Natalie gave an interview for The Sunday Times‘s culture magazine this weekend, and while she essentially says nothing new that we have not read in other articles, there are some interesting quotes. The List collects some of them. Here are a few:
About her “big roles”:
She seems quite unaffected by the prospect of an Oscar. When I venture that Jackie might be the biggest role of her career, she looks mildly surprised. “Oh thanks,” she mutters lightly. “I dunno, I can’t judge myself.”
When pressed, she will say that her greatest strength is her openness to failure. “I have done roles I have failed at — believe me, there are plenty of bad reviews out there.”
On making movies and her profession:
Has it changed the way she thinks about her profession, about what purpose film might serve?
“I think film-making, and storytelling in general, is always inherently political, because you’re asking people to care about another human being for many hours of their life. And for films, it’s usually in a communal environment — it’s sitting together and caring about someone together — so it serves as a sort of practice of empathy.”
Jackie, she believes, meets these criteria: “It lets you into the heart and mind of a woman in a way you don’t often get to see on film.”
On the roles of women in films…
In 2015, Portman made her directorial debut with A Tale of Love and Darkness, a warmly received adaptation of Amos Oz’s autobiographical novel about growing up in the early years of the State of Israel. In doing so, she joined the still disproportionately small ranks of female filmmakers. Recently, she spoke with exasperation about how many movies are made by straight white men.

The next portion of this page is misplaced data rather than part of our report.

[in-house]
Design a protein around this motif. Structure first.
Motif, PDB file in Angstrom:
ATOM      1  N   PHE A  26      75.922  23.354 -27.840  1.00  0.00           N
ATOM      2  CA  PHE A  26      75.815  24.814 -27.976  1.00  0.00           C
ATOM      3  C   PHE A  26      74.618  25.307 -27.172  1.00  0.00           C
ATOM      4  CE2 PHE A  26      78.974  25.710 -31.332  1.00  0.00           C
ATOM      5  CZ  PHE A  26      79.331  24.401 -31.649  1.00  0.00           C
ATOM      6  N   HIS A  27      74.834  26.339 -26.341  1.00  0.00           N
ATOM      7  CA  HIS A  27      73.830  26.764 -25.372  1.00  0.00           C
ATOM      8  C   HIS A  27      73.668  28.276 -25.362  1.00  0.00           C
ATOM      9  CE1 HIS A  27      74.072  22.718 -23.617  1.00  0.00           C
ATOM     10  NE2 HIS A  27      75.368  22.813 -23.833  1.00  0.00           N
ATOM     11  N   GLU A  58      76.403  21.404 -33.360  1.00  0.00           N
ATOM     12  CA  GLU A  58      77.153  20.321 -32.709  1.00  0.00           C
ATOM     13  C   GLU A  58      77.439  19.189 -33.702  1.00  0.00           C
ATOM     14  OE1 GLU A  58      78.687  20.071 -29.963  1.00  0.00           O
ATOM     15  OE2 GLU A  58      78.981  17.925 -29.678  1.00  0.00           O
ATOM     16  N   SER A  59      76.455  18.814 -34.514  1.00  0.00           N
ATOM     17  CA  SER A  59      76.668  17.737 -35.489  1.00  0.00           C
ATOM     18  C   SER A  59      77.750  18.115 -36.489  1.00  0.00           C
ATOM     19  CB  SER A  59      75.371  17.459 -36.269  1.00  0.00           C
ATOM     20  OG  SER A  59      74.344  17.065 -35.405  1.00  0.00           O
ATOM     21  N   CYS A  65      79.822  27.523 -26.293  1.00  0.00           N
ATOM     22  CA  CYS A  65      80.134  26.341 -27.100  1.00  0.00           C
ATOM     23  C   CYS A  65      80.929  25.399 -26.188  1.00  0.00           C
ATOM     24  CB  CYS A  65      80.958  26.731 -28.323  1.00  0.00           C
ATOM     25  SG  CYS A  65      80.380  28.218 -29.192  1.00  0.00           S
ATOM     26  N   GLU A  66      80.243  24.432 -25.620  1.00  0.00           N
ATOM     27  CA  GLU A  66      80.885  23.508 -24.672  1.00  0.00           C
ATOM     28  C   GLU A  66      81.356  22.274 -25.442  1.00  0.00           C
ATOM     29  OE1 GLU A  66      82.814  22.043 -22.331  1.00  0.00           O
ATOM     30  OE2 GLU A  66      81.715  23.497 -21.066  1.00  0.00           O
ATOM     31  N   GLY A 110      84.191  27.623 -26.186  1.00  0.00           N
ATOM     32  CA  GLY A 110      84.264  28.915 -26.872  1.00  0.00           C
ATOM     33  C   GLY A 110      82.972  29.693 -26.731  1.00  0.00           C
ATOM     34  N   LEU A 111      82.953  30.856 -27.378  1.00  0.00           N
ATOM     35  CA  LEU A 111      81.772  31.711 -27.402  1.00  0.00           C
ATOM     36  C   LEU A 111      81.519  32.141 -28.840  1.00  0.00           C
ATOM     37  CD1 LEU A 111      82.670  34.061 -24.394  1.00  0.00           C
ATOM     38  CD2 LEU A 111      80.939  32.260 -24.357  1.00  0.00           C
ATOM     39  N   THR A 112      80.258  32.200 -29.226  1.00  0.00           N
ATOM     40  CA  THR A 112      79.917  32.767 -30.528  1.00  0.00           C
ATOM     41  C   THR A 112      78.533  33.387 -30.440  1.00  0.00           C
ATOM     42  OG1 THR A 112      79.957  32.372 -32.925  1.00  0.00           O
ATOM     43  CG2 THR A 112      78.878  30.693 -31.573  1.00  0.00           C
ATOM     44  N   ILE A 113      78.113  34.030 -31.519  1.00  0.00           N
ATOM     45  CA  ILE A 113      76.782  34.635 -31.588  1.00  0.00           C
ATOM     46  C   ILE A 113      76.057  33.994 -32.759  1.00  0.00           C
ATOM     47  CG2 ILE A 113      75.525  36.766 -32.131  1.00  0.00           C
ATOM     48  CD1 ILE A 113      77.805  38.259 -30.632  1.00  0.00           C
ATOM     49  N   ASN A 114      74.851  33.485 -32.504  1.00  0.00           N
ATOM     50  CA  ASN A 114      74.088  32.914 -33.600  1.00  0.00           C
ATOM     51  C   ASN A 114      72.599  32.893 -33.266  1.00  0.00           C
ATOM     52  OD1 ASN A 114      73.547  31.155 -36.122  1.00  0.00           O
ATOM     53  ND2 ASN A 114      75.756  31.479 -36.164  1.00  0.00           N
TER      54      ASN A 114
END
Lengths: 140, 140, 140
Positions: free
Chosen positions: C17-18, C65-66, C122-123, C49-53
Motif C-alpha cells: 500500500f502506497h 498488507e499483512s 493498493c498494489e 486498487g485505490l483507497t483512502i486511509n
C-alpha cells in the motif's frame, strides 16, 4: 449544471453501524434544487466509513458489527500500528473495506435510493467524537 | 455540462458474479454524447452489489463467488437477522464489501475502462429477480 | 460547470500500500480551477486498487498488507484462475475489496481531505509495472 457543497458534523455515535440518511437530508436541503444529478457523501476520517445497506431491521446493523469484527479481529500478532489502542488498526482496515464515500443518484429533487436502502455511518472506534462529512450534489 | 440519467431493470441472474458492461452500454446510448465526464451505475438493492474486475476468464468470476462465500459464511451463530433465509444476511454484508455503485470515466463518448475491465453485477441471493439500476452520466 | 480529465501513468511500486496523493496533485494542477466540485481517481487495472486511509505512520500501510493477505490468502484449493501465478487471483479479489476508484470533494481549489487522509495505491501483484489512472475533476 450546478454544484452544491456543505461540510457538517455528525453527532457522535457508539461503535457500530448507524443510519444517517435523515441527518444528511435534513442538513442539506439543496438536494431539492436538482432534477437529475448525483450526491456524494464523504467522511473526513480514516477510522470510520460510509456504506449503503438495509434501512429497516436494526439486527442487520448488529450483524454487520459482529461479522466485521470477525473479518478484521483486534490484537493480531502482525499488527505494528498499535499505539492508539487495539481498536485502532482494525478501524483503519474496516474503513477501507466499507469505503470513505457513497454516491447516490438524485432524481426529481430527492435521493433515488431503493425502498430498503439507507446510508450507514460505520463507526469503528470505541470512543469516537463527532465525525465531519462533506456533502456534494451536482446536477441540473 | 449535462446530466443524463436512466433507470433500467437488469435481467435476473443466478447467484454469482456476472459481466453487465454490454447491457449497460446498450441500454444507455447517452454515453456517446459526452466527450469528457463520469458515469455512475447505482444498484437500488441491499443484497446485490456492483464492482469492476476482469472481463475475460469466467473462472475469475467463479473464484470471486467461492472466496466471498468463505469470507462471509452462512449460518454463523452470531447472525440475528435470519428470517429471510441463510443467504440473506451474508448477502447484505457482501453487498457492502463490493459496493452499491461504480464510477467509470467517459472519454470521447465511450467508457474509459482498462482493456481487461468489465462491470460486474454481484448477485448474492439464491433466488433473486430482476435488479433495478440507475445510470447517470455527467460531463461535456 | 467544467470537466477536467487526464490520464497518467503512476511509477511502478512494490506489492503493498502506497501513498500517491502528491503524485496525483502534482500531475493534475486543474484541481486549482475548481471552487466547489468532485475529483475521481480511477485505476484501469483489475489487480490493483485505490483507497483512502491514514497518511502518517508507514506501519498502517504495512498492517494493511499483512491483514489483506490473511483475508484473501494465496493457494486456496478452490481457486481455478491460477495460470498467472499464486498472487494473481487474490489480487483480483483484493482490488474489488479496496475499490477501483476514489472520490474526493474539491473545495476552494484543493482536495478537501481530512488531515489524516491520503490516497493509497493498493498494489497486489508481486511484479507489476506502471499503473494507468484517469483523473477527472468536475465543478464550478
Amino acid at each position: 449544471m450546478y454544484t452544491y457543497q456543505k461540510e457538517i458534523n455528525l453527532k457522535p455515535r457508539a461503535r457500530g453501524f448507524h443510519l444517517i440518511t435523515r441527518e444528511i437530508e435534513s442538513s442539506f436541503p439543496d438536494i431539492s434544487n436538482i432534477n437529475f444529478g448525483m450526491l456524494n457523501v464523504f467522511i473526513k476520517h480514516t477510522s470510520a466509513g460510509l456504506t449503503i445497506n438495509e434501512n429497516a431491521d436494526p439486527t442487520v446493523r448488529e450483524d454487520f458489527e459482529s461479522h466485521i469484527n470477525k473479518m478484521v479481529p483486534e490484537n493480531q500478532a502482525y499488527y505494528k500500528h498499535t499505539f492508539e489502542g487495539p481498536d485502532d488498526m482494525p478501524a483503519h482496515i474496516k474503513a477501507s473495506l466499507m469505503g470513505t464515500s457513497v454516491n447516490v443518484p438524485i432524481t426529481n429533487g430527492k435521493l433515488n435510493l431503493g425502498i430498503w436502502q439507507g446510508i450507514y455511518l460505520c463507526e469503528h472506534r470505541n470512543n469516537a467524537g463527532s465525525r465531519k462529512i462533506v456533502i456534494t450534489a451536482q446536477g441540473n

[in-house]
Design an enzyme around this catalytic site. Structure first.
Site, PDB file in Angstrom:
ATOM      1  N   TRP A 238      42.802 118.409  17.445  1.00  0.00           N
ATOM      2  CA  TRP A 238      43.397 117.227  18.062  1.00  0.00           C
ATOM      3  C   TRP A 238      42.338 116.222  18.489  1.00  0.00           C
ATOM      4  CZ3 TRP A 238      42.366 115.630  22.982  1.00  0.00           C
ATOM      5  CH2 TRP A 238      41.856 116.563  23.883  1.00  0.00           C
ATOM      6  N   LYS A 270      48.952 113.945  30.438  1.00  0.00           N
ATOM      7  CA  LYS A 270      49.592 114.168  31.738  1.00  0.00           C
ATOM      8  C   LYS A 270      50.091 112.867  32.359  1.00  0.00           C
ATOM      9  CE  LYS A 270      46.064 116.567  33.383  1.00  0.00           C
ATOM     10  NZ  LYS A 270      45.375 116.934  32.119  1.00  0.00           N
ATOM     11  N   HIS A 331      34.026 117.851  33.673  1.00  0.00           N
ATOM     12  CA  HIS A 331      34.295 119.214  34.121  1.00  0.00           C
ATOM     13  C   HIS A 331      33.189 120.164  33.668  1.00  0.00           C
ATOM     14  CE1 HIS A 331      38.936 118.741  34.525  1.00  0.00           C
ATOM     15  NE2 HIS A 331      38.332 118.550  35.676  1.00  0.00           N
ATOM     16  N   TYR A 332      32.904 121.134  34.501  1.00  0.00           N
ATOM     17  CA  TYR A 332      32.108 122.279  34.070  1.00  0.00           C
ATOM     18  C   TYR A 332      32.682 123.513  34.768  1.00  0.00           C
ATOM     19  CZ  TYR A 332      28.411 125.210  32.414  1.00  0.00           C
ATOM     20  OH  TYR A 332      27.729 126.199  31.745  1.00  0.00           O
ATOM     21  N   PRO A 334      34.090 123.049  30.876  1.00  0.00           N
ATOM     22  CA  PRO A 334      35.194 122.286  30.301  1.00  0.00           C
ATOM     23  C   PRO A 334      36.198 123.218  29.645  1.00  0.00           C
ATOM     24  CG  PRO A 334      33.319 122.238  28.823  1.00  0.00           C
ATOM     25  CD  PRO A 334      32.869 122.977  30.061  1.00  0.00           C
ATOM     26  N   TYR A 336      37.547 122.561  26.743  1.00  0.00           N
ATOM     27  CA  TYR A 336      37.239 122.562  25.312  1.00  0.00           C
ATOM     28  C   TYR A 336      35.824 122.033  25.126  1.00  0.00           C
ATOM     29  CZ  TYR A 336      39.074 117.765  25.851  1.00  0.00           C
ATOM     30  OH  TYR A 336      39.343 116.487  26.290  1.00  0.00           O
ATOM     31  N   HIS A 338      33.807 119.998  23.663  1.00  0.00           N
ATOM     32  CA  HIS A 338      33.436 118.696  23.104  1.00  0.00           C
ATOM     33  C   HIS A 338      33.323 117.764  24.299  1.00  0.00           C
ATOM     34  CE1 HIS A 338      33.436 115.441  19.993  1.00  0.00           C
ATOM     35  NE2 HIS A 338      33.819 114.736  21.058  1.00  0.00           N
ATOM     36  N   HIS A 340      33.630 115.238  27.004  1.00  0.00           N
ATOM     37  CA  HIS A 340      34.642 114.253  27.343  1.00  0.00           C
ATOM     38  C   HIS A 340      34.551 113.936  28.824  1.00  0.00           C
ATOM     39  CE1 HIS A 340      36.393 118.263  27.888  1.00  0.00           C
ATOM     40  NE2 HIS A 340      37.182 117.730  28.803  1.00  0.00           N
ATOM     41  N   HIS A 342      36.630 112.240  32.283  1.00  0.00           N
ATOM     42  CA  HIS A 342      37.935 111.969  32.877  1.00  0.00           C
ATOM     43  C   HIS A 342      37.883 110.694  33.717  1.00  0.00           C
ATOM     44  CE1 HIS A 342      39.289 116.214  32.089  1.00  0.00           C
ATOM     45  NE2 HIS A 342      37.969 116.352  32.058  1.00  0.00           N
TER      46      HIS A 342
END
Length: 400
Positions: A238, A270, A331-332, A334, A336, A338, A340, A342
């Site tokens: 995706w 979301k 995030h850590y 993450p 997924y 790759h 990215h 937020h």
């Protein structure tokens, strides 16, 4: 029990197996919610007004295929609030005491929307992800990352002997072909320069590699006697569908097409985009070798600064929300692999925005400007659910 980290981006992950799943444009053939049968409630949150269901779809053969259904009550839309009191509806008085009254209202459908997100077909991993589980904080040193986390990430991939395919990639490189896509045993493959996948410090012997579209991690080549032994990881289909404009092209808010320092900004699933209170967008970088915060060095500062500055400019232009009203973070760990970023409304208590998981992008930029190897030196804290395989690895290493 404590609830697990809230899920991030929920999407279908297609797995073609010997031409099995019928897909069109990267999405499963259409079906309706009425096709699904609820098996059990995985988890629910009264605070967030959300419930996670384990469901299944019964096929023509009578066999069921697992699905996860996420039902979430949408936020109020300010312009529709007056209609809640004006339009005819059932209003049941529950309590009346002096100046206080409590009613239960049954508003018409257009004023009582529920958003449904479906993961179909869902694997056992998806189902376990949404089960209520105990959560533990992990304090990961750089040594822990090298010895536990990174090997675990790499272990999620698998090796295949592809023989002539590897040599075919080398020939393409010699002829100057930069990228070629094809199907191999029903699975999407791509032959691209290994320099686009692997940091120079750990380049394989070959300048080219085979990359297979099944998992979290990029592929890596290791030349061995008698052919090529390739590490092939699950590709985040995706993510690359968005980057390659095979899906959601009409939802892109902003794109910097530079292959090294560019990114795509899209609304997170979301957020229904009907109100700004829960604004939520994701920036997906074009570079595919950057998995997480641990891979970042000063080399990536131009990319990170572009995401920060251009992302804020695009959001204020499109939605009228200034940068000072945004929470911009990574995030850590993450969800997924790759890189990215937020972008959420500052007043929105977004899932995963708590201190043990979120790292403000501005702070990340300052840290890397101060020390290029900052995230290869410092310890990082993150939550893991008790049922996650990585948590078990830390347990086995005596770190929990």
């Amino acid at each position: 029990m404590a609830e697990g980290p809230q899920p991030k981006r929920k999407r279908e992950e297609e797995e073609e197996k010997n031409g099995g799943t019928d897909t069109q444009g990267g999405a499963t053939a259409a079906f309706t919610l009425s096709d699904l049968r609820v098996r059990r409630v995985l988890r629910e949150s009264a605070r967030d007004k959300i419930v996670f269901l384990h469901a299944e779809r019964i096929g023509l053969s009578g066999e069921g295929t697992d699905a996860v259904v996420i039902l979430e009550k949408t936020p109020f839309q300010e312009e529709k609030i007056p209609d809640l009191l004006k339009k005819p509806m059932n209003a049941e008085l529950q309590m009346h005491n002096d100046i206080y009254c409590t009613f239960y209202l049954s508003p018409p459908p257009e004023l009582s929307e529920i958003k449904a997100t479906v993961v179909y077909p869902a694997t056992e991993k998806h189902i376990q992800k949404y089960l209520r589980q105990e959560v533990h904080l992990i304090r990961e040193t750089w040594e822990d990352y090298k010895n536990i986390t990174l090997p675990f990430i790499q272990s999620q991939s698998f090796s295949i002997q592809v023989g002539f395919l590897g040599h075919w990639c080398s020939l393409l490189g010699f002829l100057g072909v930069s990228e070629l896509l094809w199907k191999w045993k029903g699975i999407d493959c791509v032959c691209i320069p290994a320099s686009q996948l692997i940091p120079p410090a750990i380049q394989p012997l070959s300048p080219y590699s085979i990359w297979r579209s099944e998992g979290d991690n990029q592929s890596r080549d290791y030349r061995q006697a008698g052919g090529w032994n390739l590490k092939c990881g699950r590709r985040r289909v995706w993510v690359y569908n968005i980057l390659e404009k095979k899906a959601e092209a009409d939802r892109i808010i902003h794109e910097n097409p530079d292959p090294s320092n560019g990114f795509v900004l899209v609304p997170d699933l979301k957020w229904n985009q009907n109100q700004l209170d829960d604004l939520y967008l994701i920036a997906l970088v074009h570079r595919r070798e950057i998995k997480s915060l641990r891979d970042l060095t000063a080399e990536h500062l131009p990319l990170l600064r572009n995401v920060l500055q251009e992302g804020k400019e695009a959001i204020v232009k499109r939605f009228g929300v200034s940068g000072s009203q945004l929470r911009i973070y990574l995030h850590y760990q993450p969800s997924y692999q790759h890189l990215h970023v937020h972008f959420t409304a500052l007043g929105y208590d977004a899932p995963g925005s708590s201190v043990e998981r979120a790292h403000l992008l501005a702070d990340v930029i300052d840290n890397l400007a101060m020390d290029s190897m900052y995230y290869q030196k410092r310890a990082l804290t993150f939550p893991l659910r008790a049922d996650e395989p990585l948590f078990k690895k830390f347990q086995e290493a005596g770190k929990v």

“I don’t have a problem with that point of view,” she clarifies, “because it is a totally legitimate point of view — I’m glad to get insight into how straight white male minds work. It’s just that we’re not having other points of view. As a female audience member, it’s really hard for me to watch these movies where women don’t exist. There are so many movies where it’s literally 20 men and no female character, or there’s a female character who’s, like, the wife on the phone. I’m kind of not interested in watching it!” she laughs.
On the media attention on the actors:
Much like first ladies, Oscar-winning actresses tend to be idolised, scrutinised, often demonised; they are made to mean too much. Portman resists the comparison. “I’m not sure I define my own responsibility in the same way, because I’m not a politician or a politician’s wife, I don’t represent something for a country, you know? So I feel a little bit more of a right to do whatever I need to do privately. I’m not sure the private side of someone’s life needs to be shared, because it doesn’t serve a purpose for the public. Whereas a president’s private life does — it’s part of the public’s history.”